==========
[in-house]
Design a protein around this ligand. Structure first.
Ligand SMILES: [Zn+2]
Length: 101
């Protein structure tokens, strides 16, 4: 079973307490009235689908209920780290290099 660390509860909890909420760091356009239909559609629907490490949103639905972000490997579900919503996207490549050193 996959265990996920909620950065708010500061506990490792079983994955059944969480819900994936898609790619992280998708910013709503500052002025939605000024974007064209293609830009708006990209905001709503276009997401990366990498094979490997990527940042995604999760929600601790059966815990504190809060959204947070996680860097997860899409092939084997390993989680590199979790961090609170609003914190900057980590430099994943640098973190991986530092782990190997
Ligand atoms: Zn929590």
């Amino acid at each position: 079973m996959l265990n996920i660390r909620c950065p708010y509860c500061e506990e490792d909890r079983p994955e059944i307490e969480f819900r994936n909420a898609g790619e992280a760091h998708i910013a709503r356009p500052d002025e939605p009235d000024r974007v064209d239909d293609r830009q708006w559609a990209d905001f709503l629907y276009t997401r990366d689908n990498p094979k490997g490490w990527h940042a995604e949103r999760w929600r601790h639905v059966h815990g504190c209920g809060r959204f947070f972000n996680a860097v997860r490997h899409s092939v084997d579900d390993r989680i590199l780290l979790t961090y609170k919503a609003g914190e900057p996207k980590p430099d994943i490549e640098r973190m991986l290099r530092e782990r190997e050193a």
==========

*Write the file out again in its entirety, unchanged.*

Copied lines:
[in-house]
Design a protein around this ligand. Structure first.
Ligand SMILES: [Zn+2]
Length: 101
């Protein structure tokens, strides 16, 4: 079973307490009235689908209920780290290099 660390509860909890909420760091356009239909559609629907490490949103639905972000490997579900919503996207490549050193 996959265990996920909620950065708010500061506990490792079983994955059944969480819900994936898609790619992280998708910013709503500052002025939605000024974007064209293609830009708006990209905001709503276009997401990366990498094979490997990527940042995604999760929600601790059966815990504190809060959204947070996680860097997860899409092939084997390993989680590199979790961090609170609003914190900057980590430099994943640098973190991986530092782990190997
Ligand atoms: Zn929590």
């Amino acid at each position: 079973m996959l265990n996920i660390r909620c950065p708010y509860c500061e506990e490792d909890r079983p994955e059944i307490e969480f819900r994936n909420a898609g790619e992280a760091h998708i910013a709503r356009p500052d002025e939605p009235d000024r974007v064209d239909d293609r830009q708006w559609a990209d905001f709503l629907y276009t997401r990366d689908n990498p094979k490997g490490w990527h940042a995604e949103r999760w929600r601790h639905v059966h815990g504190c209920g809060r959204f947070f972000n996680a860097v997860r490997h899409s092939v084997d579900d390993r989680i590199l780290l979790t961090y609170k919503a609003g914190e900057p996207k980590p430099d994943i490549e640098r973190m991986l290099r530092e782990r190997e050193a």